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Who's in the Video

Andrew Carmellini

Andrew Carmellini is the executive chef for A Voce restaurant in New York CIty. In 2000, Carmellini was named Best New Chef by Food & Wine magazine. He also won[…]

At A Voce, Carmellini channels two grandmothers – and two schools of cooking.

Question: How does your grandmother influence your cooking? 

Andrew Carmellini: Grandmother’s raviolis are something I was doing for years. I was doing them at Café Boulud. And I started them as a Sunday special just because it seemed, you know, within that context of kind of French/American international kind of flavors to have something on Sunday that was kind of comforting. Are they my grandmother’s raviolis exactly? No. I mean, she never used short ribs in them and, you know, didn’t use fresh tomato for the sauce. It’s kind of like an “inspiration” type of thing. But I’m Italian and Polish and that’s, you know, two good cooking cuisines. One doesn’t have a lot of vegetables in it, the other one does, but it’s, you know, two kind of good cooking cultures. 

Question: What’s Polish on your menu? 

Andrew Carmellini: Well, A Voce, I mean, it’s an Italian restaurant so I want to keep it Italian in spirit. You know, uptown when I was the chef at Café Boulud I had some of my grandmother’s pirogues on the menu, and they were pretty good. They got some, you know, they got some mentions. I didn’t really promote them or anything. I just put them on the menu just because I wanted to make some. And they were a little bit fancy. It was like three different flavors and I made a sauce with the juice from the sauerkraut, homemade sauerkraut, and it had like poppy seeds and Julian apple and stuff like that on it. So it was kind of like a fancy version of the pirogues that we used to buy when I was a kid at the pirogue church which was down the street.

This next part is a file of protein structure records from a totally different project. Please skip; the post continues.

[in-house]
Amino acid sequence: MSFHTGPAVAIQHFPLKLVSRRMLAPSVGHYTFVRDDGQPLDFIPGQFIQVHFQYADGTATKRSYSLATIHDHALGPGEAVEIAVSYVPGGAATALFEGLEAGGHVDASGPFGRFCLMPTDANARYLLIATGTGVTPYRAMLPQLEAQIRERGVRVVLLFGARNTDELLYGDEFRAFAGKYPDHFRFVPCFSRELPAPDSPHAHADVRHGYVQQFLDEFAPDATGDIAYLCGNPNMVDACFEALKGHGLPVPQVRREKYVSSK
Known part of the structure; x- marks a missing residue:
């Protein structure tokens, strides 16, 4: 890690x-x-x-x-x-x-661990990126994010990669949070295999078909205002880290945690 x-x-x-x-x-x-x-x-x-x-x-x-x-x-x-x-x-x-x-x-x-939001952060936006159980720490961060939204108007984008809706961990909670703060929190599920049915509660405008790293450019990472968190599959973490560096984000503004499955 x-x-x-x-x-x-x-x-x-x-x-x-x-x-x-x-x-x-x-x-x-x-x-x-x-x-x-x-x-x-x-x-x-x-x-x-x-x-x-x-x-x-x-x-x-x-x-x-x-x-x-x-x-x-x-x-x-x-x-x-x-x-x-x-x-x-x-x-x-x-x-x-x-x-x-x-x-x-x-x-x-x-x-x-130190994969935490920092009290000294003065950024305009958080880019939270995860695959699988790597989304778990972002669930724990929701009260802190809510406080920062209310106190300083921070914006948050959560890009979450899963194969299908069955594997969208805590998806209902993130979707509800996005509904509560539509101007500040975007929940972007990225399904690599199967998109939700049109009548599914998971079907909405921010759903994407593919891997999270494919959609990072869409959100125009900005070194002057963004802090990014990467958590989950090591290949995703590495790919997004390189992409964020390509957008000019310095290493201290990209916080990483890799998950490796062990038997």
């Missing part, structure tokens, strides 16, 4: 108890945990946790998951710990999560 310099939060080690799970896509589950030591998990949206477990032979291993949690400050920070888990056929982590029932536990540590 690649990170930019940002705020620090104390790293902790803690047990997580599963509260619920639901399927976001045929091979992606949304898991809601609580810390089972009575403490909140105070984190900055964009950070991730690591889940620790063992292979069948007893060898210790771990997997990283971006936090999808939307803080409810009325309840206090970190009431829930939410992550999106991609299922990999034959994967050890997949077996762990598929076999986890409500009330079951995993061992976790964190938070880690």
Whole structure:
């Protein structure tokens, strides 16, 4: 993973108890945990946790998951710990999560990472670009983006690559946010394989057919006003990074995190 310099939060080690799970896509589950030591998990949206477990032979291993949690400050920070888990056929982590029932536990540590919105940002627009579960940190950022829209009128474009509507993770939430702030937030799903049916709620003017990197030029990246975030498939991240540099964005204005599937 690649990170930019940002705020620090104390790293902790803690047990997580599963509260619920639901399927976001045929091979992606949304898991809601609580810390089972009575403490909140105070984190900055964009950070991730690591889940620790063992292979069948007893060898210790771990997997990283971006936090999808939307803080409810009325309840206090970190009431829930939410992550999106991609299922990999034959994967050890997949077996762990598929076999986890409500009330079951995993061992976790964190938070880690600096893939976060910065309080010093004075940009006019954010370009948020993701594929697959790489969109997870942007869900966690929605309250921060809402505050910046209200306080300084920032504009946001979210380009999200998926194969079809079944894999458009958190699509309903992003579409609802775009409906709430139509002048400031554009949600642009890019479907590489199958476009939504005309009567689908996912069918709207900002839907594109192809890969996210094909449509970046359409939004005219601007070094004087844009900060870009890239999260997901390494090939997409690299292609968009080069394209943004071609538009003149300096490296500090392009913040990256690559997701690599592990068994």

Question: Two dumplings from two different grandmothers? 

Andrew Carmellini: Yeah, it’s an interesting little, a similar thing. But the Bartines which are the-- half my Italian family is from Friuli, and they were a French family that immigrated from Paris to Friuli in the mid-1800s so my grandmother was half French and she also spoke highly of people like Escoffier and had all of these stories kind of mixed in there.

Recorded: 4/17/08